A Look at Jet’s Waiver’s Remorse Fee

Jet’s Waiver’s Remorse FeeA Look at Jet’s Waiver’s Remorse Fee – A guest post by Tom Caporaso

The early estimates from the 2015 holiday shopping season clearly show that, as a group, U.S. shoppers are making more and more and more purchases online. Unfortunately for shoppers (and retailers), one of the drawbacks of online shopping is that you don’t always know what you’ll get until it arrives — until you can try it on, turn it over, test it out, and determine whether it meets your expectations.

That’s why you’re much more likely to return online orders than in-store purchases — and why return policies play such a big role in shopping decisions. Customers reward retailers that offer free return shipping and/or easy in-store exchanges by shopping more — and repeatedly — with them, even though they seem to be shying away from these customer-friendly approaches.

Jet.com is trying a slightly different tack: Jet shoppers can return items for free within 30 days of their purchase, but Jet offers them extra savings if they agree upfront not to return any items in a particular order. Shoppers who agree not to return anything but then change their minds are charged a Jet’s Waiver’s Remorse Fee “to cover the cost of the return.”

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Is Jet’s discount for waiving free returns a worthwhile deal, or should you retain the ability to return items and thereby avoid the Jet’s Waiver’s Remorse Fee? The answer depends on a few different factors:

Your purchase behavior. If you tend to combine a whole lot of items into a single purchase, you might not want to waive free returns. Say you’re buying cereal, toilet paper, and dog food in bulk, but you decide to add a pair of sneakers to your cart, too. While you might trust that the household supplies will arrive in satisfactory condition, you can’t be completely sure about the sneakers until you put them on, so it’d be wise to pass on the extra savings you’d get by promising not to return any item.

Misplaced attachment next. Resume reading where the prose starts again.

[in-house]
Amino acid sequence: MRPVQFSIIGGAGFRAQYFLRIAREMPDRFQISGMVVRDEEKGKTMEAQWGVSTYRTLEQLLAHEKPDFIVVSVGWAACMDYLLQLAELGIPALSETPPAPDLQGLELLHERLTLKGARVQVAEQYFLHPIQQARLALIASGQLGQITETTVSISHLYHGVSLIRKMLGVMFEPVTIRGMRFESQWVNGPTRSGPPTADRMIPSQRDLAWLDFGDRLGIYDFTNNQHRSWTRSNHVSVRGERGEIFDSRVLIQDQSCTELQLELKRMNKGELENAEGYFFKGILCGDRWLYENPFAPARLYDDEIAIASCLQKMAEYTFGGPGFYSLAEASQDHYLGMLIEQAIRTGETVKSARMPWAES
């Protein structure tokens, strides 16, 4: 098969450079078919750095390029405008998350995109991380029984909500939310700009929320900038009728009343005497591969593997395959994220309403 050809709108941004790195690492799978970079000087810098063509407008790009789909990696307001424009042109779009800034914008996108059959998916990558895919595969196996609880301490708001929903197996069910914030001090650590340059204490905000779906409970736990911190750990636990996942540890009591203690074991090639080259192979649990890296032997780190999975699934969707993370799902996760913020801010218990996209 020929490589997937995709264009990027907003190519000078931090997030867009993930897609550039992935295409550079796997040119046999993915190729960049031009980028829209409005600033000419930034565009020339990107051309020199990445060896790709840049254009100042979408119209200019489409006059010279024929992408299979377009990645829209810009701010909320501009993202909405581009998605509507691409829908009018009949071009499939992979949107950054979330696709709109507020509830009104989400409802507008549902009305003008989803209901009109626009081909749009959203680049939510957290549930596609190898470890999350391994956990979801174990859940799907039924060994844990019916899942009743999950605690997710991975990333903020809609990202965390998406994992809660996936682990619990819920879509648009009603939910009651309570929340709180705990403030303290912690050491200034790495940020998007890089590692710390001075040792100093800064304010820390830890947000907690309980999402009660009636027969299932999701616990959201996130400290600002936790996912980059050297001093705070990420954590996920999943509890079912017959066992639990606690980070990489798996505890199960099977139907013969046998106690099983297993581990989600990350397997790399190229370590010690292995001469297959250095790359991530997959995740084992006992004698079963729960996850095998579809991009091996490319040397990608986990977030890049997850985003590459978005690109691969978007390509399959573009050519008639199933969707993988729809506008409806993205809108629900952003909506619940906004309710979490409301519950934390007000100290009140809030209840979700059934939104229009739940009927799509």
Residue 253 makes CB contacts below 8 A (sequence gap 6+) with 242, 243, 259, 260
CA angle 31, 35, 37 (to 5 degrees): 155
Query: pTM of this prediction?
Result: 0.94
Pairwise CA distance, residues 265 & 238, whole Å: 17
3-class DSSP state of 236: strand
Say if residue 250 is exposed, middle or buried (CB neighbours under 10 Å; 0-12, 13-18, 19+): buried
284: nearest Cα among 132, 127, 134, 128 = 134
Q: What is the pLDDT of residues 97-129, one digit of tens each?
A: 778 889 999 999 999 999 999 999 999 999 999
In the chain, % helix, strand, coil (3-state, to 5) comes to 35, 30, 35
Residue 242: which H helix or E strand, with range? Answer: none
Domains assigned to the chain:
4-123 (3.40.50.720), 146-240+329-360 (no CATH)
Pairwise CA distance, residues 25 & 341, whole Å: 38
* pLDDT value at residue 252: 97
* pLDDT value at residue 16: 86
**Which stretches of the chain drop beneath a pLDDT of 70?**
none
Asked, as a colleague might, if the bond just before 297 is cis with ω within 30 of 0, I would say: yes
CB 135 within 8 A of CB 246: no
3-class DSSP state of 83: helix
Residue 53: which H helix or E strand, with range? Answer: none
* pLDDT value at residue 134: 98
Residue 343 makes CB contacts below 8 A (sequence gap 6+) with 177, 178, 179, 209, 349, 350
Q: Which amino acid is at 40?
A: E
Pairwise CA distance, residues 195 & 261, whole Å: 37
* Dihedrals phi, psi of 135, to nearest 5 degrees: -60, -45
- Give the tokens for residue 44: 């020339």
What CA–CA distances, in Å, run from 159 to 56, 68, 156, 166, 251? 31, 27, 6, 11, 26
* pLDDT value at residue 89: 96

The items you’re buying. As the scenario above suggests, your confidence level can vary by product and/or brand. Waiving free returns on Brand X sheets could make sense if you’ve never received a bad set of sheets from that manufacturer. Waiving a free return on a new putter or some gardening tools might not make sense if you’ve never tried the product or bought anything from the maker before.

The retailer fulfilling your order. The Jet shopping algorithm is designed to identify the retailer that can deliver the best deal on your entire shopping cart. If you’ve never shopped at that store before (or if you’ve had an unsatisfactory experience with that retailer in the past), you might not want to surrender the option of returning items for free.

Let’s look at a more concrete example. According to a recent Kiplinger’s piece, waiving the free return on a $20. 68 purchase of two 46-ounce bottles of Tide detergent resulted in savings of 42 cents, which is about 2% of the retail price. A first-class “Forever” stamp currently goes for 49 cents, and the return shipping fee for 5 pounds and 12 ounces of detergent will certainly cost more than that. If you trust that the Tide detergent will arrive in the size, scent, and condition you want, maybe the 42-cent discount is worth sacrificing the opportunity to send it back if it doesn’t.

One drawback of online shopping is the uncertainty about what you’ll get when the order arrives. One of the many joys of online shopping, though, is that you have so many ways to shop and save — even on return shipping! You can join FreeShipping.com and enjoy consistent 10% cash back, free shipping, and free return shipping via FedEx Ground® on your purchases at over 1,000 retailers, including many of the stores you already know and love. You can also join Return Saver and get free return shipping via FedEx Ground on practically every online purchase you make year-round.

Whatever option(s) you choose, shop wisely — and save well!